Anyways, we have to be sensible about traffic. The simple fact is that our roads have been created to handle horse and cart speeds and volumes. The only real solution is to destroy the car dream with high rego costs etc. If you must have a car for work, you'll charge accordingly. They already do it for trucks. Bring the cars with it. Encouraging people to take even 1 trip a fortnight on a bike will change things enormously. The simple fact that traffic eases during school holidays proves that a BIG portion of commutes are not mission critical for families.
I'm fine with Critical Mass, because it highlights a big flaw in our commute system - that peak speed isn't as important as average speed. Bikes just aren't that much slower. I find it embarrassing that the difference is so small. I am sure I can ride to many places quicker than driving in my local area.
Looking at this thread, it has highlighted (to me) why drive to work day seems so much better than CM rides. Drive to work day may create a little division but it presents a positive image for cycling, in that there will be less traffic if more people cycle.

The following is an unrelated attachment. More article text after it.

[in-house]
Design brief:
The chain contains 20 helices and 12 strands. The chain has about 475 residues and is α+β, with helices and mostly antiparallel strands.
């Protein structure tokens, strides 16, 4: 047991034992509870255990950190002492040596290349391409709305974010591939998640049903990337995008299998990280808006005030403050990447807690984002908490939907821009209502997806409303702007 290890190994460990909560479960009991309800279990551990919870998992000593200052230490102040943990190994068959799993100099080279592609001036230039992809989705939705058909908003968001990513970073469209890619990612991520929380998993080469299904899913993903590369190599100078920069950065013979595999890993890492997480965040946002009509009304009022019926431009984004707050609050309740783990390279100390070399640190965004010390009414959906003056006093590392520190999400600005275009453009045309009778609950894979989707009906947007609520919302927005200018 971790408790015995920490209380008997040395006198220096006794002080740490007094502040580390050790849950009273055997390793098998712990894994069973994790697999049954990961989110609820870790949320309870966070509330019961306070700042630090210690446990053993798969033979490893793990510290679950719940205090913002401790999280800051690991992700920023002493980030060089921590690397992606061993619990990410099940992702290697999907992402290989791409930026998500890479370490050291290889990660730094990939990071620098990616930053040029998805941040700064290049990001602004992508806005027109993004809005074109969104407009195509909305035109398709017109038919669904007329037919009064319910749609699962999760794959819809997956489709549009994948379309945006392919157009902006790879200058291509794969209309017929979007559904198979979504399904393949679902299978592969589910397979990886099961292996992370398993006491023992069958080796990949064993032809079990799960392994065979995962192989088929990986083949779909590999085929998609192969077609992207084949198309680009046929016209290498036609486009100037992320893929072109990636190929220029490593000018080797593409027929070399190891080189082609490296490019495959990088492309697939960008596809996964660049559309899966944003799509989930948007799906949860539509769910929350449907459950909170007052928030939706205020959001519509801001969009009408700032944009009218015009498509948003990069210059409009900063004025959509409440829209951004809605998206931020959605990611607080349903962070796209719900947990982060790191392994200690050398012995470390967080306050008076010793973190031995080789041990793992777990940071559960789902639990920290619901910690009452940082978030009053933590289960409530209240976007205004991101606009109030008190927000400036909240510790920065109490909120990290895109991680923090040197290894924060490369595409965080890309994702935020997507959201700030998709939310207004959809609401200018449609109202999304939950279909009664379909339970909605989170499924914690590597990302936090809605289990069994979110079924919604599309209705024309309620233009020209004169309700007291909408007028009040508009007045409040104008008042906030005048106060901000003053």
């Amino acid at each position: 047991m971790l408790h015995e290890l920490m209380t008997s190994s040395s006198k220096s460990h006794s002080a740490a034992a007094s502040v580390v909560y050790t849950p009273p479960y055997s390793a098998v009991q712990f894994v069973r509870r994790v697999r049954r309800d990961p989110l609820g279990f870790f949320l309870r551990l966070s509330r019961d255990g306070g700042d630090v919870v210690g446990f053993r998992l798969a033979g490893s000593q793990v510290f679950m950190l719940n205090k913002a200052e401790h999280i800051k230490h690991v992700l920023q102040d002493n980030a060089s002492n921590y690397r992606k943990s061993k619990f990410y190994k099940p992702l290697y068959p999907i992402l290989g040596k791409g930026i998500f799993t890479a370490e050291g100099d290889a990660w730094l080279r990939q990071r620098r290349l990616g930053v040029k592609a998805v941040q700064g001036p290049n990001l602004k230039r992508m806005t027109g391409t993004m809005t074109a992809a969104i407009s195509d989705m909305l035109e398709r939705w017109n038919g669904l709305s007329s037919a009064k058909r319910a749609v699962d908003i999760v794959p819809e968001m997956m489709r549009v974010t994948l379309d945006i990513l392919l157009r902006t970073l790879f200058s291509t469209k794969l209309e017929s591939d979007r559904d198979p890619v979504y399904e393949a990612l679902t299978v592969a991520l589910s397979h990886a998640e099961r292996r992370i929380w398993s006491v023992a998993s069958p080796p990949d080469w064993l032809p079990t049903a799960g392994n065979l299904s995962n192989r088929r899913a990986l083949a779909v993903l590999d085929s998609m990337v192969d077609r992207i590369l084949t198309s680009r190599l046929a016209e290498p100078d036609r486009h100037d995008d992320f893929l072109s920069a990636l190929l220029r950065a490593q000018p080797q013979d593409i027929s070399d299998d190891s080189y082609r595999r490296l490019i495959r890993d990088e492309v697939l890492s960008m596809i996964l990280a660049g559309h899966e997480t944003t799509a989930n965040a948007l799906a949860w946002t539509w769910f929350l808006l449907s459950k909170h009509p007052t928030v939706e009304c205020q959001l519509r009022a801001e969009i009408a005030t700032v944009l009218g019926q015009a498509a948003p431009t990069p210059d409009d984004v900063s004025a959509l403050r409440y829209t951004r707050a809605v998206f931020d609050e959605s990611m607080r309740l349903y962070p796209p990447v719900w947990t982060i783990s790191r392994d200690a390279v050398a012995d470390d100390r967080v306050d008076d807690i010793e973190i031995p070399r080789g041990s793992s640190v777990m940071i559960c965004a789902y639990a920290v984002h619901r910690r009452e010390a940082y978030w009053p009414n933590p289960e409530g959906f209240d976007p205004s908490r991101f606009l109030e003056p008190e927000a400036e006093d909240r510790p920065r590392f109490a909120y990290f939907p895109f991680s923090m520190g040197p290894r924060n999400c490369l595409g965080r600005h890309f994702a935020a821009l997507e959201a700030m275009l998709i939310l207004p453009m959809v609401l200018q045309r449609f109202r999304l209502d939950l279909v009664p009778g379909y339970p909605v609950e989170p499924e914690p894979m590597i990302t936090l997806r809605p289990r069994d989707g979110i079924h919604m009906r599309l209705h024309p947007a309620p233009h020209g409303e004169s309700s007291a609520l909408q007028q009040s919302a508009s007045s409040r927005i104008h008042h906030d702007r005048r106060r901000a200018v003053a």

High rego cost won't really work unless people are in a situation to totally ditch the car. More fuel tax is the better solution in my opinion and it also has great environmental affects. One of the best solution is of course a congestion charge but this is much harder to implement properly, London has done it though.
I agree here. Regarding RIDE to work day... Drive to work day, well unless I see it gain traction (which I doubt it will) then I don't think it works.
(A previous housemate of mine was a commodore driving cyclist hating bigot. He partly made the comments to rile me up but a fair bit the was a lot of genuine annoyance behind his comments. I was shocked when he joined in on ride to work day! The company he kept, the girlfriend (which I introduced to him) and the desire to get drop some weight all contributed to him getting on the bike. I still don't think he owns a bike, but I did have to lend him one for a TRIATHALON!)